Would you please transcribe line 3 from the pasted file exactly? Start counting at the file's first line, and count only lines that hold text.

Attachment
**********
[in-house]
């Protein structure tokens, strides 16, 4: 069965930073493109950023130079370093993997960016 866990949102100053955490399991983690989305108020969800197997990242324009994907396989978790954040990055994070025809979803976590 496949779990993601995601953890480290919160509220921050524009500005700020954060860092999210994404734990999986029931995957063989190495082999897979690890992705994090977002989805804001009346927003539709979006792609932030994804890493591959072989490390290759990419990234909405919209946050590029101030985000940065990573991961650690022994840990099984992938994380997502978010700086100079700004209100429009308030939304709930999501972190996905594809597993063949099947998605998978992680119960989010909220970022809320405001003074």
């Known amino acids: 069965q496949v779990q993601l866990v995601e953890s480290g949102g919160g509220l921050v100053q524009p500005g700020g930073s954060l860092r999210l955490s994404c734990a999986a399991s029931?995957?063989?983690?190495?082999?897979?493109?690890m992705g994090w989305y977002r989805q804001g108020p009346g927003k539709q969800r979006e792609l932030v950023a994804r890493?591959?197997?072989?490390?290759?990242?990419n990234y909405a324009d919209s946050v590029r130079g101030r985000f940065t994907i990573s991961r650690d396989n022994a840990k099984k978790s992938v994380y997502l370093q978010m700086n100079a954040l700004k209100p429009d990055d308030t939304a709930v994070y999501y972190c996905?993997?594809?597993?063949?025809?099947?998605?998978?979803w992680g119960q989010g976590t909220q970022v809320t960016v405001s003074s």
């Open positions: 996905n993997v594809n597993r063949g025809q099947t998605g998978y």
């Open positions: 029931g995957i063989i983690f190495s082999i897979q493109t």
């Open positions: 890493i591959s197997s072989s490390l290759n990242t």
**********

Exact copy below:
């Known amino acids: 069965q496949v779990q993601l866990v995601e953890s480290g949102g919160g509220l921050v100053q524009p500005g700020g930073s954060l860092r999210l955490s994404c734990a999986a399991s029931?995957?063989?983690?190495?082999?897979?493109?690890m992705g994090w989305y977002r989805q804001g108020p009346g927003k539709q969800r979006e792609l932030v950023a994804r890493?591959?197997?072989?490390?290759?990242?990419n990234y909405a324009d919209s946050v590029r130079g101030r985000f940065t994907i990573s991961r650690d396989n022994a840990k099984k978790s992938v994380y997502l370093q978010m700086n100079a954040l700004k209100p429009d990055d308030t939304a709930v994070y999501y972190c996905?993997?594809?597993?063949?025809?099947?998605?998978?979803w992680g119960q989010g976590t909220q970022v809320t960016v405001s003074s």